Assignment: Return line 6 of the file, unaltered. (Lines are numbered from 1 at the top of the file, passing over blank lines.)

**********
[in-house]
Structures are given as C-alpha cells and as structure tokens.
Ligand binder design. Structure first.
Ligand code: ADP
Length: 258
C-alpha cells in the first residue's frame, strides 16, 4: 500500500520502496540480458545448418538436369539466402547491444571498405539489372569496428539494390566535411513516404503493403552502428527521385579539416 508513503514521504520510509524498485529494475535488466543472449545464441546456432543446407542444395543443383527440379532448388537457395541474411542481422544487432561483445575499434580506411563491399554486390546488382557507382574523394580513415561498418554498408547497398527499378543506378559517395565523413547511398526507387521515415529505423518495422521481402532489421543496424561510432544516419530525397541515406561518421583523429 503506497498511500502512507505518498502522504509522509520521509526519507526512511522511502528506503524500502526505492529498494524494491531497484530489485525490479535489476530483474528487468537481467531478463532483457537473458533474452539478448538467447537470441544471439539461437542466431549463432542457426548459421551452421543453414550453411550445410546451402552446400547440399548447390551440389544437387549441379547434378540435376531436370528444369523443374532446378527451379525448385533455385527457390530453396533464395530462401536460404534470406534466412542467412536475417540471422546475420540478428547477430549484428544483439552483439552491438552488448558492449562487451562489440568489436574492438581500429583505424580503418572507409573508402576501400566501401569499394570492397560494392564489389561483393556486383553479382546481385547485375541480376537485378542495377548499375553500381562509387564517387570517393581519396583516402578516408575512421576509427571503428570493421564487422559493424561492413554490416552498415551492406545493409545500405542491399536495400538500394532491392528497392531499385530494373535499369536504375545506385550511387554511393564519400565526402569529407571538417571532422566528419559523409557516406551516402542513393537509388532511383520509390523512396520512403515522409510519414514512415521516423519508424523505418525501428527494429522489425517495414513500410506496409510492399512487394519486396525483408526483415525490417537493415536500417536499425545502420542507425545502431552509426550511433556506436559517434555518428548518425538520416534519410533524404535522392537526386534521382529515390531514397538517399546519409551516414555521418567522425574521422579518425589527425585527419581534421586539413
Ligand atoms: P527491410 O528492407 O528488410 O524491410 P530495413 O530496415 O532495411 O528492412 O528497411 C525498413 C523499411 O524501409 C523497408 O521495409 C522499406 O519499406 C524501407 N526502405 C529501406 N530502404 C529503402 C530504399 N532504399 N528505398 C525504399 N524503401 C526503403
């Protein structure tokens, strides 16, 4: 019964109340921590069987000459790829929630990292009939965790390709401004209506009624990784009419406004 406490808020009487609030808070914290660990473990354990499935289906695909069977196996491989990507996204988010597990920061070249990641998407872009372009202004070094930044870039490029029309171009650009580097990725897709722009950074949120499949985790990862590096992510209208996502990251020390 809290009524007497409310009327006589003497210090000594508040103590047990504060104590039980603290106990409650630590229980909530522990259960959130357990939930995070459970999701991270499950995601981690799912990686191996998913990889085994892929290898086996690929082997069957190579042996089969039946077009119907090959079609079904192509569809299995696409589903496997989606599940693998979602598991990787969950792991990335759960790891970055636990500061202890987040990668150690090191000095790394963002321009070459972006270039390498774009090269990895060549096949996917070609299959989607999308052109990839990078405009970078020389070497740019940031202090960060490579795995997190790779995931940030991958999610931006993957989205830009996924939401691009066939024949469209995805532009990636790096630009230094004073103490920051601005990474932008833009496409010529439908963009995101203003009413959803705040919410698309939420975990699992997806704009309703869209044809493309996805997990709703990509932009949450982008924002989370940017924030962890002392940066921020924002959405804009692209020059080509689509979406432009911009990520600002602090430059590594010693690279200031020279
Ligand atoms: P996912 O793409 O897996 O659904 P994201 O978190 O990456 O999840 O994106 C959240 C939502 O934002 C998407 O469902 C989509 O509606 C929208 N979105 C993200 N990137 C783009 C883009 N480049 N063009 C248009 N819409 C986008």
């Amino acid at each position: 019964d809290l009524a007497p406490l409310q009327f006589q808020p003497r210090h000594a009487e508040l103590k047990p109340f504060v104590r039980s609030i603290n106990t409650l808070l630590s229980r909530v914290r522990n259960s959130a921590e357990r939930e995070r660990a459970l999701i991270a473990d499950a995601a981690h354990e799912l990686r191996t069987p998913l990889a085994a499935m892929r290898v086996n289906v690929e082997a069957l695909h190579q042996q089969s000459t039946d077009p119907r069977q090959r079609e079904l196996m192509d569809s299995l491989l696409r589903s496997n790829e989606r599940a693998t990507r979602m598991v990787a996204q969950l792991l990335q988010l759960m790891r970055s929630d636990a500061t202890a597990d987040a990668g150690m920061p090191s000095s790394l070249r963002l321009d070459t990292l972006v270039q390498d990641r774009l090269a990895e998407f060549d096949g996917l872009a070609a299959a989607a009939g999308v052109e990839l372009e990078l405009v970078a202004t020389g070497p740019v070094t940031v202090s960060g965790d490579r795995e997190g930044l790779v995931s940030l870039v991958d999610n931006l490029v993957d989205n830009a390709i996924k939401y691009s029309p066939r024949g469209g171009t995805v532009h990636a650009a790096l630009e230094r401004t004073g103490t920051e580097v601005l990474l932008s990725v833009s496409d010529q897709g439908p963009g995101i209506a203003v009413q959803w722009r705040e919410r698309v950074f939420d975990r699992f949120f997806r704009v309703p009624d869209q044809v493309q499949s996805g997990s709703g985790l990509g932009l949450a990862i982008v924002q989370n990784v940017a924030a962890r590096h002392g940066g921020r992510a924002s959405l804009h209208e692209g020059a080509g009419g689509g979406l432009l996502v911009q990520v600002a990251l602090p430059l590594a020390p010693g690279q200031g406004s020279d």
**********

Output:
C-alpha cells in the first residue's frame, strides 16, 4: 500500500520502496540480458545448418538436369539466402547491444571498405539489372569496428539494390566535411513516404503493403552502428527521385579539416 508513503514521504520510509524498485529494475535488466543472449545464441546456432543446407542444395543443383527440379532448388537457395541474411542481422544487432561483445575499434580506411563491399554486390546488382557507382574523394580513415561498418554498408547497398527499378543506378559517395565523413547511398526507387521515415529505423518495422521481402532489421543496424561510432544516419530525397541515406561518421583523429 503506497498511500502512507505518498502522504509522509520521509526519507526512511522511502528506503524500502526505492529498494524494491531497484530489485525490479535489476530483474528487468537481467531478463532483457537473458533474452539478448538467447537470441544471439539461437542466431549463432542457426548459421551452421543453414550453411550445410546451402552446400547440399548447390551440389544437387549441379547434378540435376531436370528444369523443374532446378527451379525448385533455385527457390530453396533464395530462401536460404534470406534466412542467412536475417540471422546475420540478428547477430549484428544483439552483439552491438552488448558492449562487451562489440568489436574492438581500429583505424580503418572507409573508402576501400566501401569499394570492397560494392564489389561483393556486383553479382546481385547485375541480376537485378542495377548499375553500381562509387564517387570517393581519396583516402578516408575512421576509427571503428570493421564487422559493424561492413554490416552498415551492406545493409545500405542491399536495400538500394532491392528497392531499385530494373535499369536504375545506385550511387554511393564519400565526402569529407571538417571532422566528419559523409557516406551516402542513393537509388532511383520509390523512396520512403515522409510519414514512415521516423519508424523505418525501428527494429522489425517495414513500410506496409510492399512487394519486396525483408526483415525490417537493415536500417536499425545502420542507425545502431552509426550511433556506436559517434555518428548518425538520416534519410533524404535522392537526386534521382529515390531514397538517399546519409551516414555521418567522425574521422579518425589527425585527419581534421586539413